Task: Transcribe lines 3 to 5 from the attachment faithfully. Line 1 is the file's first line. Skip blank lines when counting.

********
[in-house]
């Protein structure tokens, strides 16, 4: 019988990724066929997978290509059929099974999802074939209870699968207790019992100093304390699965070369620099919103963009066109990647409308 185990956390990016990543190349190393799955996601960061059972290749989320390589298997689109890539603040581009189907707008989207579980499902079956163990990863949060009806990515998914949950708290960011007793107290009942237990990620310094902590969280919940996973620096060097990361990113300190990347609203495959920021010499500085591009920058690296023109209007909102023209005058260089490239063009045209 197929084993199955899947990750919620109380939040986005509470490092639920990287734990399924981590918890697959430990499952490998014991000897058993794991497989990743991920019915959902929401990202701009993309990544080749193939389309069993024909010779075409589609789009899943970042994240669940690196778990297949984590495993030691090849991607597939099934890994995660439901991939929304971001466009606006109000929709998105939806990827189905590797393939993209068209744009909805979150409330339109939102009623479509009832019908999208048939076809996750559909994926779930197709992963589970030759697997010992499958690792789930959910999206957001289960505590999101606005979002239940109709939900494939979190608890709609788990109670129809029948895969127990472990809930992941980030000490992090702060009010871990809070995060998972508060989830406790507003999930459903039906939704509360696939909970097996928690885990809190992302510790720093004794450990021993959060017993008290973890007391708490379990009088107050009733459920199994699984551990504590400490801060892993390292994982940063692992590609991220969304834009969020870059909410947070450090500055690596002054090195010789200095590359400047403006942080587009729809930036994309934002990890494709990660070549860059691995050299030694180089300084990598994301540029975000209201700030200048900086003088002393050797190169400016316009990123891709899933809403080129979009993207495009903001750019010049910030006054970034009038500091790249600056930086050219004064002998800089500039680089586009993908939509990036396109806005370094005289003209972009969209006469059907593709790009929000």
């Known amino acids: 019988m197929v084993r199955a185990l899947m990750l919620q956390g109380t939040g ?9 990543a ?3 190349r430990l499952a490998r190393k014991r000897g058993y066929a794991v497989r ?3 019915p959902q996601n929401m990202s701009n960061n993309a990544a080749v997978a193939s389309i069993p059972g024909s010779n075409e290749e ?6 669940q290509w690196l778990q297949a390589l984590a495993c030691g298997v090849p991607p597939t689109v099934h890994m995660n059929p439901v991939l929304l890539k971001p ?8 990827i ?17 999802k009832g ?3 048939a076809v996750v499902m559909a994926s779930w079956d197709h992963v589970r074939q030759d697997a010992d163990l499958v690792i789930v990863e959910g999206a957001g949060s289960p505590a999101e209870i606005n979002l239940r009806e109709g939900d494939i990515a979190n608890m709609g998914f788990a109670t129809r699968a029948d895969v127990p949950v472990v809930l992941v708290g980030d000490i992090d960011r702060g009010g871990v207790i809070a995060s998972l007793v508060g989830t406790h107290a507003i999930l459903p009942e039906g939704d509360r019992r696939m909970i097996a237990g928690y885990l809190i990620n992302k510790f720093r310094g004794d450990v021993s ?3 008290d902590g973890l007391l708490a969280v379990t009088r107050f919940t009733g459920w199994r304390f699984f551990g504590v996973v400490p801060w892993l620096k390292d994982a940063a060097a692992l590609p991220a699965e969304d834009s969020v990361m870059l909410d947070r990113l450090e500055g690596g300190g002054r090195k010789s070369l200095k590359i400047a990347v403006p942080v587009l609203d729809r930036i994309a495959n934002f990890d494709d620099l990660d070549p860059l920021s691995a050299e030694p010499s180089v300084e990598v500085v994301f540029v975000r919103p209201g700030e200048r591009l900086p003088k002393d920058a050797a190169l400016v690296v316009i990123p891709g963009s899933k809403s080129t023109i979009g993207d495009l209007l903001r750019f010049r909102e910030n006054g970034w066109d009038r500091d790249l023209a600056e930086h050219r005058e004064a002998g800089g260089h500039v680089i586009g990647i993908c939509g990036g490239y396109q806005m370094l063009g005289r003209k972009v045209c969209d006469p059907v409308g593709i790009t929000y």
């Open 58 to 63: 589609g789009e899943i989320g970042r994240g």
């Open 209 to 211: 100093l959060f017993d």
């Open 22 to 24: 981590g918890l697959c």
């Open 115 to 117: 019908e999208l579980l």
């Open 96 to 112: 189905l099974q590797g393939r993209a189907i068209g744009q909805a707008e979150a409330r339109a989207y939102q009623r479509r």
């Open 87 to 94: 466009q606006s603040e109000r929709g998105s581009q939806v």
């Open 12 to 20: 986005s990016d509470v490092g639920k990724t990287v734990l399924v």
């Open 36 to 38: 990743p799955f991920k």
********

């Known amino acids: 019988m197929v084993r199955a185990l899947m990750l919620q956390g109380t939040g ?9 990543a ?3 190349r430990l499952a490998r190393k014991r000897g058993y066929a794991v497989r ?3 019915p959902q996601n929401m990202s701009n960061n993309a990544a080749v997978a193939s389309i069993p059972g024909s010779n075409e290749e ?6 669940q290509w690196l778990q297949a390589l984590a495993c030691g298997v090849p991607p597939t689109v099934h890994m995660n059929p439901v991939l929304l890539k971001p ?8 990827i ?17 999802k009832g ?3 048939a076809v996750v499902m559909a994926s779930w079956d197709h992963v589970r074939q030759d697997a010992d163990l499958v690792i789930v990863e959910g999206a957001g949060s289960p505590a999101e209870i606005n979002l239940r009806e109709g939900d494939i990515a979190n608890m709609g998914f788990a109670t129809r699968a029948d895969v127990p949950v472990v809930l992941v708290g980030d000490i992090d960011r702060g009010g871990v207790i809070a995060s998972l007793v508060g989830t406790h107290a507003i999930l459903p009942e039906g939704d509360r019992r696939m909970i097996a237990g928690y885990l809190i990620n992302k510790f720093r310094g004794d450990v021993s ?3 008290d902590g973890l007391l708490a969280v379990t009088r107050f919940t009733g459920w199994r304390f699984f551990g504590v996973v400490p801060w892993l620096k390292d994982a940063a060097a692992l590609p991220a699965e969304d834009s969020v990361m870059l909410d947070r990113l450090e500055g690596g300190g002054r090195k010789s070369l200095k590359i400047a990347v403006p942080v587009l609203d729809r930036i994309a495959n934002f990890d494709d620099l990660d070549p860059l920021s691995a050299e030694p010499s180089v300084e990598v500085v994301f540029v975000r919103p209201g700030e200048r591009l900086p003088k002393d920058a050797a190169l400016v690296v316009i990123p891709g963009s899933k809403s080129t023109i979009g993207d495009l209007l903001r750019f010049r909102e910030n006054g970034w066109d009038r500091d790249l023209a600056e930086h050219r005058e004064a002998g800089g260089h500039v680089i586009g990647i993908c939509g990036g490239y396109q806005m370094l063009g005289r003209k972009v045209c969209d006469p059907v409308g593709i790009t929000y």
């Open 58 to 63: 589609g789009e899943i989320g970042r994240g």
């Open 209 to 211: 100093l959060f017993d």